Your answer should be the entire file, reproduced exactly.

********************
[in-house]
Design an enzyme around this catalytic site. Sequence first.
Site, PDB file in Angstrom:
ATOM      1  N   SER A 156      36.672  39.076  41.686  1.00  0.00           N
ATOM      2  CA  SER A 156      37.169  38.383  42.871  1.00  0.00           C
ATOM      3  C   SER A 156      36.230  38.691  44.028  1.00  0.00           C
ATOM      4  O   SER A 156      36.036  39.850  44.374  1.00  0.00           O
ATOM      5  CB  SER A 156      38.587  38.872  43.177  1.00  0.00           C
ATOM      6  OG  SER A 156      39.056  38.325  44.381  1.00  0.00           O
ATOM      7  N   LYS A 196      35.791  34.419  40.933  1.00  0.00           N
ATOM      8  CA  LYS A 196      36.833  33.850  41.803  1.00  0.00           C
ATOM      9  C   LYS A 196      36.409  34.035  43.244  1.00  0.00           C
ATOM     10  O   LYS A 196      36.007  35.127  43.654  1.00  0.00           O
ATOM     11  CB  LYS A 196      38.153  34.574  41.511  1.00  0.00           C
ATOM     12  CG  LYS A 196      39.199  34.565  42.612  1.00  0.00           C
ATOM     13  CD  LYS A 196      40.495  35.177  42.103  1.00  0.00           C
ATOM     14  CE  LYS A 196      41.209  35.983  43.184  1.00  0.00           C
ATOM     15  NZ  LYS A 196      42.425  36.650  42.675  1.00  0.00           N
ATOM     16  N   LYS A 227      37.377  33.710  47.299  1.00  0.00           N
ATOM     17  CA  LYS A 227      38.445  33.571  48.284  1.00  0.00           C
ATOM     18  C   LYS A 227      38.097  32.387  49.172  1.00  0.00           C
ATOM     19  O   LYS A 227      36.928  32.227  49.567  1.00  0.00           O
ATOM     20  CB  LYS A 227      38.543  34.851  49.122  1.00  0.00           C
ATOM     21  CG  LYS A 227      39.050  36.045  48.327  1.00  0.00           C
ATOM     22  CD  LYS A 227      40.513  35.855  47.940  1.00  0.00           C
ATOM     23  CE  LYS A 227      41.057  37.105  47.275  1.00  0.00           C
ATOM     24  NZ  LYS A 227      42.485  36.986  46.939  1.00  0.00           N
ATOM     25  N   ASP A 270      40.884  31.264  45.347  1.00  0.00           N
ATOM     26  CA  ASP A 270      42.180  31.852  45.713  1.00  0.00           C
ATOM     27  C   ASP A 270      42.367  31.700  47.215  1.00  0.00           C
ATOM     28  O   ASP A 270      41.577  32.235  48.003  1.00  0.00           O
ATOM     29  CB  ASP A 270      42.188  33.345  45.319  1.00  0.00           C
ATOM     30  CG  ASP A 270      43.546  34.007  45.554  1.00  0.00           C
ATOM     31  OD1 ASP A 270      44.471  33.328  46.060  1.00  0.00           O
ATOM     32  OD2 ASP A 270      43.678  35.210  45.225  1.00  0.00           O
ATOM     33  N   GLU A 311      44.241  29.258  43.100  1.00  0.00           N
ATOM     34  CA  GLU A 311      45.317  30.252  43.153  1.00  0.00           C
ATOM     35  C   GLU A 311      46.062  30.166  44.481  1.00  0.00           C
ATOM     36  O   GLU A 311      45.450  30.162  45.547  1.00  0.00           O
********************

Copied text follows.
[in-house]
Design an enzyme around this catalytic site. Sequence first.
Site, PDB file in Angstrom:
ATOM      1  N   SER A 156      36.672  39.076  41.686  1.00  0.00           N
ATOM      2  CA  SER A 156      37.169  38.383  42.871  1.00  0.00           C
ATOM      3  C   SER A 156      36.230  38.691  44.028  1.00  0.00           C
ATOM      4  O   SER A 156      36.036  39.850  44.374  1.00  0.00           O
ATOM      5  CB  SER A 156      38.587  38.872  43.177  1.00  0.00           C
ATOM      6  OG  SER A 156      39.056  38.325  44.381  1.00  0.00           O
ATOM      7  N   LYS A 196      35.791  34.419  40.933  1.00  0.00           N
ATOM      8  CA  LYS A 196      36.833  33.850  41.803  1.00  0.00           C
ATOM      9  C   LYS A 196      36.409  34.035  43.244  1.00  0.00           C
ATOM     10  O   LYS A 196      36.007  35.127  43.654  1.00  0.00           O
ATOM     11  CB  LYS A 196      38.153  34.574  41.511  1.00  0.00           C
ATOM     12  CG  LYS A 196      39.199  34.565  42.612  1.00  0.00           C
ATOM     13  CD  LYS A 196      40.495  35.177  42.103  1.00  0.00           C
ATOM     14  CE  LYS A 196      41.209  35.983  43.184  1.00  0.00           C
ATOM     15  NZ  LYS A 196      42.425  36.650  42.675  1.00  0.00           N
ATOM     16  N   LYS A 227      37.377  33.710  47.299  1.00  0.00           N
ATOM     17  CA  LYS A 227      38.445  33.571  48.284  1.00  0.00           C
ATOM     18  C   LYS A 227      38.097  32.387  49.172  1.00  0.00           C
ATOM     19  O   LYS A 227      36.928  32.227  49.567  1.00  0.00           O
ATOM     20  CB  LYS A 227      38.543  34.851  49.122  1.00  0.00           C
ATOM     21  CG  LYS A 227      39.050  36.045  48.327  1.00  0.00           C
ATOM     22  CD  LYS A 227      40.513  35.855  47.940  1.00  0.00           C
ATOM     23  CE  LYS A 227      41.057  37.105  47.275  1.00  0.00           C
ATOM     24  NZ  LYS A 227      42.485  36.986  46.939  1.00  0.00           N
ATOM     25  N   ASP A 270      40.884  31.264  45.347  1.00  0.00           N
ATOM     26  CA  ASP A 270      42.180  31.852  45.713  1.00  0.00           C
ATOM     27  C   ASP A 270      42.367  31.700  47.215  1.00  0.00           C
ATOM     28  O   ASP A 270      41.577  32.235  48.003  1.00  0.00           O
ATOM     29  CB  ASP A 270      42.188  33.345  45.319  1.00  0.00           C
ATOM     30  CG  ASP A 270      43.546  34.007  45.554  1.00  0.00           C
ATOM     31  OD1 ASP A 270      44.471  33.328  46.060  1.00  0.00           O
ATOM     32  OD2 ASP A 270      43.678  35.210  45.225  1.00  0.00           O
ATOM     33  N   GLU A 311      44.241  29.258  43.100  1.00  0.00           N
ATOM     34  CA  GLU A 311      45.317  30.252  43.153  1.00  0.00           C
ATOM     35  C   GLU A 311      46.062  30.166  44.481  1.00  0.00           C
ATOM     36  O   GLU A 311      45.450  30.162  45.547  1.00  0.00           O